Currently reading The Witcher #2 - fourth one in the series for me with the two collections. Planning on enjoying something light and uncomplicated.
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Nolan
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« Reply #919 on: October 24, 2020, 02:26:44 PM »

Richard Gavin - Grotesquerie

One of my favourite contemporary weird fiction writers. Disturbing without being over the top.

Just read the Hijokaidan book, not bad and definitely worth a read but for me it needed an editor; the quality of writing was uneven and the interjection of personal opinion needed to be directed better. Takes a long time to get going.
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absurdexposition
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« Reply #920 on: October 24, 2020, 03:30:31 PM »

Just read the Hijokaidan book, not bad and definitely worth a read but for me it needed an editor; the quality of writing was uneven and the interjection of personal opinion needed to be directed better. Takes a long time to get going.

I haven't read it yet, but I find this to be a very common problem with a good number of "underground" music books that have come out in the past few years. It's a bummer.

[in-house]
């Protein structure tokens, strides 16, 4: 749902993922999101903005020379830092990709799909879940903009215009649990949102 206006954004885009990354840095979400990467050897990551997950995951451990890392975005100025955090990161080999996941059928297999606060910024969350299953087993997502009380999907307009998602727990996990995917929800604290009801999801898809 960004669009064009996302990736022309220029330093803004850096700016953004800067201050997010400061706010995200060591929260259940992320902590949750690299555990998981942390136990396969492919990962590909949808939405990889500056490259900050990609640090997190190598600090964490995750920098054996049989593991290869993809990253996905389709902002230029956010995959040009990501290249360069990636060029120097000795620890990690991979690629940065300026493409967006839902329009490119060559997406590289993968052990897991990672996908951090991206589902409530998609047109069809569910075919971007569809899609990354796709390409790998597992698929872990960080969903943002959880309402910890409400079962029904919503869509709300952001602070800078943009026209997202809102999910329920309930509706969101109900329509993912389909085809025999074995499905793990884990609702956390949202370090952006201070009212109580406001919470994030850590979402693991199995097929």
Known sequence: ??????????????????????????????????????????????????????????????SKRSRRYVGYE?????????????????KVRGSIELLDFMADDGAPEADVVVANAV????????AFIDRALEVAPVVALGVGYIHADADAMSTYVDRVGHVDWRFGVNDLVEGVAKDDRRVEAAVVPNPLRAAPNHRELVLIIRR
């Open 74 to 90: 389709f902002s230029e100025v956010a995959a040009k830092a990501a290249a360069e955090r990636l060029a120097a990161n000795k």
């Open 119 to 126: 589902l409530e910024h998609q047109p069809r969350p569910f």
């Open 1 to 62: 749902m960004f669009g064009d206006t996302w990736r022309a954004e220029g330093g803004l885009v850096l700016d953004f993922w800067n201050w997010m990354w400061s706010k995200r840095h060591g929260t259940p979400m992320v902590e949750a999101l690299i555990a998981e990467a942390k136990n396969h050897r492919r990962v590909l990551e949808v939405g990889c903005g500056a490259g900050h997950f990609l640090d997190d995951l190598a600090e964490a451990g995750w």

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« Reply #921 on: November 01, 2020, 05:36:26 PM »

"Ride the Tiger" of Julius Evola. I read it one time through already, to underline the most significant parts. Reading it a second time to understand it properly. Intense book, for sure son of its time, anachronistic and visionary at the same time, but absolutely fascinating and imbued of a deep mysticism and a rigorous philosophical and analytical character.
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https://sabruxa.bandcamp.com/ (Industrial / ambient)
holy ghost
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« Reply #922 on: November 12, 2020, 09:47:52 PM »

Just read the Hijokaidan book, not bad and definitely worth a read but for me it needed an editor; the quality of writing was uneven and the interjection of personal opinion needed to be directed better. Takes a long time to get going.

I haven't read it yet, but I find this to be a very common problem with a good number of "underground" music books that have come out in the past few years. It's a bummer.